LEDs play a variety of roles in modern products, from indicating status to assisting with operation to backlighting displays. As support technology, they may not be part of the essential value proposition of the product, but their operation is frequently critical to its function. Here’s what you need to know to successfully integrate LEDs in your next design.
Tip #1: Pay Attention to Thermal Management
LEDs have high wall-plug conversion efficiency. They don’t dissipate energy as heat through the bulb. They do, however, generate a significant amount of heat on the backside. Without thermal management, this heat can build up and reduce LED lifetime. One strategy is to use an LED printed circuit board (PCB), which has a metal substrate of high thermal conductivity, such as aluminum or copper. These materials allow for efficient heat dissipation, crucial for maintaining optimal LED performance.
LEDs are not unique – all electronic components dissipate some electrical power as heat. Placing an LED as close as possible to the panel may seem like a good idea but if it’s in the middle of a cluster of components, it can be damaged by their waste heat. A light pipe provides an easy solution. Light pipes are designed to capture LED output and transfer it to the point of use, whether that is millimeters away or meters away. A light pipe allows the LED to be placed in a less populous part of the board, helping to reduce heat and maximize lifetime.
Tip #2: Match Viewing Angle to the Application
LEDs are available with a variety of packages that modify the output distribution. Flat face LEDs produce very even output patterns suitable for broad viewing angles. LEDs with hemispherical lenses generate more narrowly focused output that is effective for front viewing (see Figure 1). Parabolic lenses result in highly forward directed output that provides good coupling into light pipes. Diffusers provide another degree of design freedom, homogenizing optical output, while transparent lenses create highly focused output.
Figure 1: Directivity radiation diagrams for (from left) a flat-face SMD LED (the Bivar SM0807), a through-hole LED with a hemispherical lens (the Bivar R20BLU-5-0080), and a domed through-hole LED (the Bivar 3BC-X).
Tip #3: Consider a Multicolor LED
Particularly for indication or functional illumination, lights frequently need to change colors. A panel indicator may need to shine green under one set of conditions and red under another. Placing two LEDs side-by-side increases footprint, cost, and energy consumption, as well as wiring. Multicolor LEDs provide an alternative. Consisting of multiple co-packaged LED chips, multicolor LEDs are single devices that can change output depending on how they are driven. The range of colors that a multicolor LED can produce depends upon device design and how it’s driven. Bicolor devices, for example, produce one color when forward biased and the other one reverse biased. RGB triads, on the other hand, can be programmed to generate any color of the rainbow.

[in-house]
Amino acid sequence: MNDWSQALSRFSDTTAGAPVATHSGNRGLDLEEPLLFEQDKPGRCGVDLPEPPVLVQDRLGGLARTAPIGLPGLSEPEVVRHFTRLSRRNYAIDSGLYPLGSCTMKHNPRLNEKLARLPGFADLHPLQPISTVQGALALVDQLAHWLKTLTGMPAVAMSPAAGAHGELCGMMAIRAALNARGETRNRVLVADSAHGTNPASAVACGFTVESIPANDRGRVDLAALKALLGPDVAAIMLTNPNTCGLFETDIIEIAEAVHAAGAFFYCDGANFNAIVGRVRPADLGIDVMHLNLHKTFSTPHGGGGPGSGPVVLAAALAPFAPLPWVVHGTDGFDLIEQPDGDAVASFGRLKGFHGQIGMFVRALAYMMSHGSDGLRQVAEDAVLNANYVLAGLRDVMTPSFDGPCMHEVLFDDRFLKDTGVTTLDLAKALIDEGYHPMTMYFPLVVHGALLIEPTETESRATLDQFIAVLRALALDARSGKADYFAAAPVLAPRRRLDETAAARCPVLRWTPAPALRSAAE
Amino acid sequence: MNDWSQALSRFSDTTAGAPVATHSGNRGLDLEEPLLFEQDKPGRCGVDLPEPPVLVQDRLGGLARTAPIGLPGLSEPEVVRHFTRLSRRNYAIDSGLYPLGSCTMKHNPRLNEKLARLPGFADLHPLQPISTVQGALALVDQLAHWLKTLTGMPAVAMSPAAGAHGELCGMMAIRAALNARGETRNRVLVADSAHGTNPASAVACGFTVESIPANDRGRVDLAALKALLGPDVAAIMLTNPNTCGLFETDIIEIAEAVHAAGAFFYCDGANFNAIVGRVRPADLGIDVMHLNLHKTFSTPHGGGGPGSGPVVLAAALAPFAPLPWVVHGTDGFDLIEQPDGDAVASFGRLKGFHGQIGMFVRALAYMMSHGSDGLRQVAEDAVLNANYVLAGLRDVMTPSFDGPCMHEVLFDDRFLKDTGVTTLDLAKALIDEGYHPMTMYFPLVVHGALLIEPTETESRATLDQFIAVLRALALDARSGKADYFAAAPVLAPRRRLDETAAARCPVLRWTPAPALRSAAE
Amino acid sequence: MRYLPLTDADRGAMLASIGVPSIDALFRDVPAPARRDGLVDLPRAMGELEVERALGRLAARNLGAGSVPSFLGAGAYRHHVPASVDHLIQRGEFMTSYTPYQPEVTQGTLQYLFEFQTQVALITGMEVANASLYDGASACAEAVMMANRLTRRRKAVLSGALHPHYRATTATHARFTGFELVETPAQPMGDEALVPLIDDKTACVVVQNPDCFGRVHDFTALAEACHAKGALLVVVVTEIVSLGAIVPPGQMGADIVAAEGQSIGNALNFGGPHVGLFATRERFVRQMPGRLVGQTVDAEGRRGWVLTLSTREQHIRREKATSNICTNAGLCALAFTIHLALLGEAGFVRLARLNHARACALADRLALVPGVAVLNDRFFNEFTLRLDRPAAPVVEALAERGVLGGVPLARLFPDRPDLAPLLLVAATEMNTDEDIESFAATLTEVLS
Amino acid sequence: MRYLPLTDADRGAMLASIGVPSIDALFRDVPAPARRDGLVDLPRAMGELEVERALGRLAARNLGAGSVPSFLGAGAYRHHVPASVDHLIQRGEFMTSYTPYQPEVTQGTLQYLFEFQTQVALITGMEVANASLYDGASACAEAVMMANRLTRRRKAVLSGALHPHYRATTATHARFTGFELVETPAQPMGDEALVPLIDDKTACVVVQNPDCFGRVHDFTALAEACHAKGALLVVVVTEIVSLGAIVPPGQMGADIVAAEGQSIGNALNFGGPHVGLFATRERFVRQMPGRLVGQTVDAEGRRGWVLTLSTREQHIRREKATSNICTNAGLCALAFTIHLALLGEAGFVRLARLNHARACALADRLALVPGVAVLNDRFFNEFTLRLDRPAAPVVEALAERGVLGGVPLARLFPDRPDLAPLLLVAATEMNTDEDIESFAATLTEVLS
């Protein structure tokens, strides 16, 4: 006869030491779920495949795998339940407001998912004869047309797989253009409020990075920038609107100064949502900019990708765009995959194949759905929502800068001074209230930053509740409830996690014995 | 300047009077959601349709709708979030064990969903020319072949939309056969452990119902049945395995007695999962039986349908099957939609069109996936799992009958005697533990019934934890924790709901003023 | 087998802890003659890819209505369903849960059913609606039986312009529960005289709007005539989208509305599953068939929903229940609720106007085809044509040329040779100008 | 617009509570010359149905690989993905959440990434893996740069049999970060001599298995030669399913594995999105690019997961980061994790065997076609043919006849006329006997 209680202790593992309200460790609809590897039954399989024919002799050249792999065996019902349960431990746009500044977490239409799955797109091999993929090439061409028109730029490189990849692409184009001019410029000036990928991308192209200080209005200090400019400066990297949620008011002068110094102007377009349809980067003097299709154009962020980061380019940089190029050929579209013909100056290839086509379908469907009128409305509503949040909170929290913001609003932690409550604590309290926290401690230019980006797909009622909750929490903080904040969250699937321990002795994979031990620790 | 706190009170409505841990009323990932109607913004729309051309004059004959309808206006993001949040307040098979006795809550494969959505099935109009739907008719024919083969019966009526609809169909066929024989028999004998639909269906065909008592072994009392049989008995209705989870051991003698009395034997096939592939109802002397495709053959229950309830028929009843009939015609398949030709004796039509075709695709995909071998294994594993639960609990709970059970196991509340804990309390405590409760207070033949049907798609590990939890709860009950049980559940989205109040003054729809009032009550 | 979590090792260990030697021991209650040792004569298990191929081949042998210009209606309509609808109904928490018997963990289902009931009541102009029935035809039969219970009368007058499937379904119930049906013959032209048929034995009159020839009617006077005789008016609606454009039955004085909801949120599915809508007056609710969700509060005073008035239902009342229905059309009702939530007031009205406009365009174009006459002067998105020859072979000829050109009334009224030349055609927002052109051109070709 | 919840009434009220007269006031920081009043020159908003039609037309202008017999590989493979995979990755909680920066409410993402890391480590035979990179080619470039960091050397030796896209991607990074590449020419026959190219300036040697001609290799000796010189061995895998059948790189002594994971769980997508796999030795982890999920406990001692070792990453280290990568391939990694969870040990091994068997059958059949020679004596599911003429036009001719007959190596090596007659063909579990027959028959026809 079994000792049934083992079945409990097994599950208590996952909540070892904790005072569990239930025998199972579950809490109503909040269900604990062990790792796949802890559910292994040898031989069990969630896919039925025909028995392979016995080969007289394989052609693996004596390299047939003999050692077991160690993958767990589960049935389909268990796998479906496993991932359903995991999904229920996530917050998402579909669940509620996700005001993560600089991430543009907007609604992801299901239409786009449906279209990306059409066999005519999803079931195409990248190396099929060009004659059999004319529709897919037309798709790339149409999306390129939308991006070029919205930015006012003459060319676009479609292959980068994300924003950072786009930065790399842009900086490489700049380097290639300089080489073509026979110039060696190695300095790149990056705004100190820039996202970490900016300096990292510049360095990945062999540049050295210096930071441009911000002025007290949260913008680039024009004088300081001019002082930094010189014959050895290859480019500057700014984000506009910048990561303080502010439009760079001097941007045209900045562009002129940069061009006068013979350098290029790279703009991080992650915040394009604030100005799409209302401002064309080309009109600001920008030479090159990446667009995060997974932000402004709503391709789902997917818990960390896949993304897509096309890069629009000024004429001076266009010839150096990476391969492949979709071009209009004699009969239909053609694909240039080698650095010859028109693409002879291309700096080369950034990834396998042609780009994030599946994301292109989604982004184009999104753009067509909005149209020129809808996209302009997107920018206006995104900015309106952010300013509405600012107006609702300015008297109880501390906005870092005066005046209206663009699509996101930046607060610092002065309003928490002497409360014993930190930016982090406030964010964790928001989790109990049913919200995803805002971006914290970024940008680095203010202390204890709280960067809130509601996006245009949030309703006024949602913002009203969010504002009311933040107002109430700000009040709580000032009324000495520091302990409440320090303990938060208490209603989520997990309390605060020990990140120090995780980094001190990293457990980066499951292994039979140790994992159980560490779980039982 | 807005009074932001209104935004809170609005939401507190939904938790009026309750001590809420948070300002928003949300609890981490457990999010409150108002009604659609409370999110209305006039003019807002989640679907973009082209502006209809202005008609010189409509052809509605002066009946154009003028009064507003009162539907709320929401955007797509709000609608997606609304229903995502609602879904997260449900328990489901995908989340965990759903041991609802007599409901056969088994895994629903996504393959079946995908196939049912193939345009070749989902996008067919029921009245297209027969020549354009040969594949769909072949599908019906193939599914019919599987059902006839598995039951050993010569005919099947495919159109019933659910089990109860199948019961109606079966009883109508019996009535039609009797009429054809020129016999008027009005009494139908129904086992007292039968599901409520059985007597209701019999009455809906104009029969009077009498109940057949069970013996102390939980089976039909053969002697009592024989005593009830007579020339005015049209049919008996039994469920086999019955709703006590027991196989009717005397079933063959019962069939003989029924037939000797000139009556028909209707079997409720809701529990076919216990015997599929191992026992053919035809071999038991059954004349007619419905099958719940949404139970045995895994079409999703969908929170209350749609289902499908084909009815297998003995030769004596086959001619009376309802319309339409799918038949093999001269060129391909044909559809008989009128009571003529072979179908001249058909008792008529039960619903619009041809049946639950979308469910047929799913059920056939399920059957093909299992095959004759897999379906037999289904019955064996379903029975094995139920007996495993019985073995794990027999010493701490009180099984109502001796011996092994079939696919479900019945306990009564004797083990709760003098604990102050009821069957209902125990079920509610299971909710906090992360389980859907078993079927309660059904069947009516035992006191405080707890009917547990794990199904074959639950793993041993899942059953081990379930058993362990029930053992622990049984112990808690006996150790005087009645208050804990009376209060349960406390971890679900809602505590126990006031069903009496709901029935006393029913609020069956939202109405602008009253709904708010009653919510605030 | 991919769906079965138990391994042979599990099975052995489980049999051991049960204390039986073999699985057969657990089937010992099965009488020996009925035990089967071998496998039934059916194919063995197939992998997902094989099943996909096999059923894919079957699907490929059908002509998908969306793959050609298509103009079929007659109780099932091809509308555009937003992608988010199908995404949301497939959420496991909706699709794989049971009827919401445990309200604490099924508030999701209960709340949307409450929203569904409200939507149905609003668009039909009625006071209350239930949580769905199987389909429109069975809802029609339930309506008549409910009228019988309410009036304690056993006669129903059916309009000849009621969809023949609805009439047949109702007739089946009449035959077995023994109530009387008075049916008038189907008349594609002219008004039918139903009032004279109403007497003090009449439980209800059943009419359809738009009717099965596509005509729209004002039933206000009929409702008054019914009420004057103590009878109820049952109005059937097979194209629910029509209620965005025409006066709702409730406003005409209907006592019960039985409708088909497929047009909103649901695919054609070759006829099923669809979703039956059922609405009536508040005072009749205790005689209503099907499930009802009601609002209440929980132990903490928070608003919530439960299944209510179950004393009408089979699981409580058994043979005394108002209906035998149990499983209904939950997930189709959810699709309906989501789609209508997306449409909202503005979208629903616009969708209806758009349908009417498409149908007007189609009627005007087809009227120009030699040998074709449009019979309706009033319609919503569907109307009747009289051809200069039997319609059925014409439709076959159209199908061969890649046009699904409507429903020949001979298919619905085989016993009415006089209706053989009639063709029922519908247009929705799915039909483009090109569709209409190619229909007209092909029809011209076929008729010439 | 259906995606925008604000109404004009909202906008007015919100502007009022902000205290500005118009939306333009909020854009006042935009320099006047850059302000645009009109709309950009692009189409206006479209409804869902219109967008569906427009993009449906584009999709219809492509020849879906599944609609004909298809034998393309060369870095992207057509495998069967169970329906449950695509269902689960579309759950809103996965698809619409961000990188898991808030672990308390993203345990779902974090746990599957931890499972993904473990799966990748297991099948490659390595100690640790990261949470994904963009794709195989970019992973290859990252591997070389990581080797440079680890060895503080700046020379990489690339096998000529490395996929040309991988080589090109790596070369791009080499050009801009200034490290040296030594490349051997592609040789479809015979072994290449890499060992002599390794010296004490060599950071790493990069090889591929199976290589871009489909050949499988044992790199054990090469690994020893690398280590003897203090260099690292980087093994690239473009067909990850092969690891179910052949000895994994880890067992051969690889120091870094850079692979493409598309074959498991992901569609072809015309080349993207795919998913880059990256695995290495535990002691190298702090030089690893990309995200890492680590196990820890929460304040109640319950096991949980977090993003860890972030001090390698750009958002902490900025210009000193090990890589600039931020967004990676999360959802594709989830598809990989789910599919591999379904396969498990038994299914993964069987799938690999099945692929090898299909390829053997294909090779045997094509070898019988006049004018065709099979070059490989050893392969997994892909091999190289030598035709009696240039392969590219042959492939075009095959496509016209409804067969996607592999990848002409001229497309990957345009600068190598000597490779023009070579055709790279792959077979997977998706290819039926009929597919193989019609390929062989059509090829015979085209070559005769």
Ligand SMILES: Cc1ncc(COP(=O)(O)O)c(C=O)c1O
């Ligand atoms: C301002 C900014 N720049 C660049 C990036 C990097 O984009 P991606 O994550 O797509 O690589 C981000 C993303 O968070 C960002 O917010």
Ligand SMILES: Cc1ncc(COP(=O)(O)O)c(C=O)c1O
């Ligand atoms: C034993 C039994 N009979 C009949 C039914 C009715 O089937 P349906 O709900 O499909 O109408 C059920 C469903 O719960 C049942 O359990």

Tip #4: Account for Unique LED Failure Modes
A number of factors can influence LED lifespan. As previously mentioned, operating the devices outside of rated temperature will reduce lifetime. LED output is proportional to drive current, but over driving can have negative effects ranging from shortened lifespan to catastrophic failure, which is why LEDs should always be wired in series with a breakdown resistor.
It’s important to note that outside of being significantly overdriven, LEDs don’t typically undergo catastrophic failure. Instead, they simply grow dimmer and dimmer over time until they are no longer bright enough to be effective. For most applications, an LED is considered to have reached end of life when its output has dropped by 30%. Check to make sure that this behavior is compatible with your application and that you have specified the optimal LED.
Tip #5: Take Advantage of Integrated Products
Using LEDs requires more than just the LED itself. They need to be wired with drivers and possibly controllers, as well as current-limiting resistors to protect against over driving. The cost, complexity, and opportunity for error only increase for applications that require multiple LEDs to provide sufficient output. Integrated assemblies are available that include the support electronics, or that combine multiple LEDs in a single unit that simply needs to be connected to power. These devices provide an easy way to speed assembly, reduce complexity, boost yield, and control costs.
Tip #6: Consider a Light Pipe
Light pipes provide a number of benefits for design, manufacturing, and operation of devices incorporating LEDs. They add flexibility to board layout, eliminate hotspots, prevent light bleed between adjacent LEDs, and add ingress protection, when necessary. They’re fast and easy to install and require no special tools. Talk with your vendor today about whether a light pipe is appropriate for your design.
The Bivar engineering team has decades of aggregate experience in integrating LEDs and light pipes into a host of products. Find out how the technology can improve your next design – contact us.